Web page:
New Zealand’s Christchurch Centre wants their message to ring clear, that their city is a safe and desirable place for conferences, which they'll be in full position to do when the venue opens in late 2019.
Speaking at last week's AIME on the sixth anniversary of the most deadly earthquake to hit the South Island that ruined much of the city, Christchurch Centre’s general manager Rob McIntyre said New Zealand’s oldest city is now its newest, thanks to a NZ$40 billion (US$28.7 billion) project.
“The new convention centre will be set in the heart of the CBD on a prime riverfront site and will be a world-class, premium boutique facility that will be a flexible space for up to 2,000 delegates,” said McIntyre.
Christchurch Centre has secured several events ahead of its opening, such as the International Association of Bridge and Structural Engineering Congress 2020, the World Cereal and Bread Congress 2020, and the Scientific Committee on Antarctic Research Biology Symposium 2021.
The bookings are a significant vote of confidence for a city on a journey of recovery.
“Everything in Christchurch has been over-designed from an earthquake point of view structurally, so the buildings are seismically safe. We're applying the latest seismic engineering knowledge and structural engineering tools to deliver a contemporary and innovative solution to Christchurch’s earthquake challenges,” McIntyre told TTmice e-Weekly.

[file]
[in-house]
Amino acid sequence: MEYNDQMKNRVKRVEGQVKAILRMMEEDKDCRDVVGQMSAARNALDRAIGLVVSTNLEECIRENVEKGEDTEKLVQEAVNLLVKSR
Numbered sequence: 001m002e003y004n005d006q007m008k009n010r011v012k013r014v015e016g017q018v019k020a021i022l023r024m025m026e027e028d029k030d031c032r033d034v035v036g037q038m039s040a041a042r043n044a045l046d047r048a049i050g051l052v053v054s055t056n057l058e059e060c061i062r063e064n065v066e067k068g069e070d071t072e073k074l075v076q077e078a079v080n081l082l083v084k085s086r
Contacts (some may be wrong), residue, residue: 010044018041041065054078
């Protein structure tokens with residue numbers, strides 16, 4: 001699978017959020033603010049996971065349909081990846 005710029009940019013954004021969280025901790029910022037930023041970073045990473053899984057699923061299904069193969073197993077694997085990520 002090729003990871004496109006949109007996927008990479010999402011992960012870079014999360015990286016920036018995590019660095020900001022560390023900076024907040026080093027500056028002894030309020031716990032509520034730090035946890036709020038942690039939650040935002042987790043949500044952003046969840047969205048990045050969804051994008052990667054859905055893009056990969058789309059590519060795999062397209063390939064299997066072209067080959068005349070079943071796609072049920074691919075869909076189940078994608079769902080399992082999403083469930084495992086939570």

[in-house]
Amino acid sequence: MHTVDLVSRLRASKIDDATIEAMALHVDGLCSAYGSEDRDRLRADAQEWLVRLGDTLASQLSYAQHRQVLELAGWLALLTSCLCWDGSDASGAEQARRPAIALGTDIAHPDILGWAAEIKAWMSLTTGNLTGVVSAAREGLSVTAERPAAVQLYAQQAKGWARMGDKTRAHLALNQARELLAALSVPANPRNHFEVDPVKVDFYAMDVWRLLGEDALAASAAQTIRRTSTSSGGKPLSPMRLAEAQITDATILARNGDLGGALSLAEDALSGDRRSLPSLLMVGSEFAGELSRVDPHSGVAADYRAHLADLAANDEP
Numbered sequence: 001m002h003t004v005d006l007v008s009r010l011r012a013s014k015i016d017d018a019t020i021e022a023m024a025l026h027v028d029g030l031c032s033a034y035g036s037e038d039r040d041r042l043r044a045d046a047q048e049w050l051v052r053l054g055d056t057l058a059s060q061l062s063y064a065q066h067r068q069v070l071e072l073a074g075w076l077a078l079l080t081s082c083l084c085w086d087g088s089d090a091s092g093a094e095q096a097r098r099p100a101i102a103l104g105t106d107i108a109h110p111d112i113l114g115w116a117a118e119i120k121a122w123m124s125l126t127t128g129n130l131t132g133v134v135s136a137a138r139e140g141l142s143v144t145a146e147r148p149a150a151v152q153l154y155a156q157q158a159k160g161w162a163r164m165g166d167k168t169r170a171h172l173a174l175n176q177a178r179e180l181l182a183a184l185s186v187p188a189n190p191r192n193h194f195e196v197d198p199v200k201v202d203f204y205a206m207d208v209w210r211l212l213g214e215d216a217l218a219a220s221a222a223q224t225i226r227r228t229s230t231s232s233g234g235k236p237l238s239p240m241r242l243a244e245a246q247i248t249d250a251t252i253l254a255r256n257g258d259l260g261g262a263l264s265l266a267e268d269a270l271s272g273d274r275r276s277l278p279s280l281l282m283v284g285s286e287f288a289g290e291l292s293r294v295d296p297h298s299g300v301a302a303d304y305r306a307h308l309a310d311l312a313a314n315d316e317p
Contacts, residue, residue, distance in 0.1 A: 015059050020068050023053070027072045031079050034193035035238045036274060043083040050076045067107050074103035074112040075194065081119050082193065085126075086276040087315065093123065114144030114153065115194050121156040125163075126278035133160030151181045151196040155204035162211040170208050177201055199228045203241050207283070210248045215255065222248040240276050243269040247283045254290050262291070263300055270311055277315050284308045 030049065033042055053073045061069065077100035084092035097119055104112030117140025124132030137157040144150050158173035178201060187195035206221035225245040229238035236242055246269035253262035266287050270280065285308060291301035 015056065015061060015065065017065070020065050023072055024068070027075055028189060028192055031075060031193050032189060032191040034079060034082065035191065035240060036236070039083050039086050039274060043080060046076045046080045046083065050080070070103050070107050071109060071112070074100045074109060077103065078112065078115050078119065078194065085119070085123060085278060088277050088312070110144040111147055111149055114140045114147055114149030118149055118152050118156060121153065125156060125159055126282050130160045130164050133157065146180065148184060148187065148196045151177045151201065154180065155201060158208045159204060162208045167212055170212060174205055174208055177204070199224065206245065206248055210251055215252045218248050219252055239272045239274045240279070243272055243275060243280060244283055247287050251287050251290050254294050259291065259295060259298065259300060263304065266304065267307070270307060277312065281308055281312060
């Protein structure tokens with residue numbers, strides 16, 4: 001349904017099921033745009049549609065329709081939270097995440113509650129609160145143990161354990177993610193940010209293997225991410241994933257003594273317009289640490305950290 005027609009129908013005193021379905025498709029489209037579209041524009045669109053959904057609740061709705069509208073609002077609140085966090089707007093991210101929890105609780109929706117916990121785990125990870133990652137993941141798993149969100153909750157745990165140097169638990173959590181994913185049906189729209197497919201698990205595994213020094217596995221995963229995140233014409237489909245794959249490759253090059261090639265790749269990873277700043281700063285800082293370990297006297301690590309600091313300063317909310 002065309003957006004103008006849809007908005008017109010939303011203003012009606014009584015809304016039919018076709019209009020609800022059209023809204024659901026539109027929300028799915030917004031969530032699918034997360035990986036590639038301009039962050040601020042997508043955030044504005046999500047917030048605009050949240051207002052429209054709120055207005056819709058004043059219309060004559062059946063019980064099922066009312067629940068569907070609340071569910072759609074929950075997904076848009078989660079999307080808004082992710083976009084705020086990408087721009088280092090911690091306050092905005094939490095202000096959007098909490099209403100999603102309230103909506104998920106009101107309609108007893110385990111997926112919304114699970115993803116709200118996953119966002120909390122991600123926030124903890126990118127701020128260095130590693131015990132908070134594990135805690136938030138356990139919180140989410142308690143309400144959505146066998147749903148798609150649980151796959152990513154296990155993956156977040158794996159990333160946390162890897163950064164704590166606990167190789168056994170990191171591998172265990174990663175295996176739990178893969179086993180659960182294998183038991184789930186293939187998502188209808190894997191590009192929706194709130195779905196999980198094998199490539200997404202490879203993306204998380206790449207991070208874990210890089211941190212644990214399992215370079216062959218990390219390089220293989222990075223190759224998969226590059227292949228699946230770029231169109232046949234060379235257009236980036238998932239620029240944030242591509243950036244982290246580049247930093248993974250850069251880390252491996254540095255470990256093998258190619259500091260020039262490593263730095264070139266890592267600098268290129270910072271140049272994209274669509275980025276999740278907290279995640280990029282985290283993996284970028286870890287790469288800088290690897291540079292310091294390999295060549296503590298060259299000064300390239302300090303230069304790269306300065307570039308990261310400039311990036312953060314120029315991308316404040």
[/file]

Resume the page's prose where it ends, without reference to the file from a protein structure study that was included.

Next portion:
Still, McIntyre admits there is work to be done to regain the confidence of planners.
“Prior to the earthquake, Christchurch was New Zealand’s only convention centre and at that time we had 24 per cent of all meetings and events in the country and 42 per cent of the Australian conventions market that came to New Zealand went to Christchurch. We need to get those numbers back," he said.
McIntyre said that the centre is targeting for it to reach maturity by its fifth year with 200 event bookings annually.
“New Zealand has never competed on the international stage properly before," he said. “The government is building this centre to bring international conventions to the country that would not otherwise come because we didn't have the infrastructure.”
McIntyre believes that the key to selling the centre is its proximity to hotels and the airport. The city will have 2,500 new hotel rooms by the time the venue opens, all within walking distance. As well, Christchurch International Airport is just 15 minutes’ drive from the city.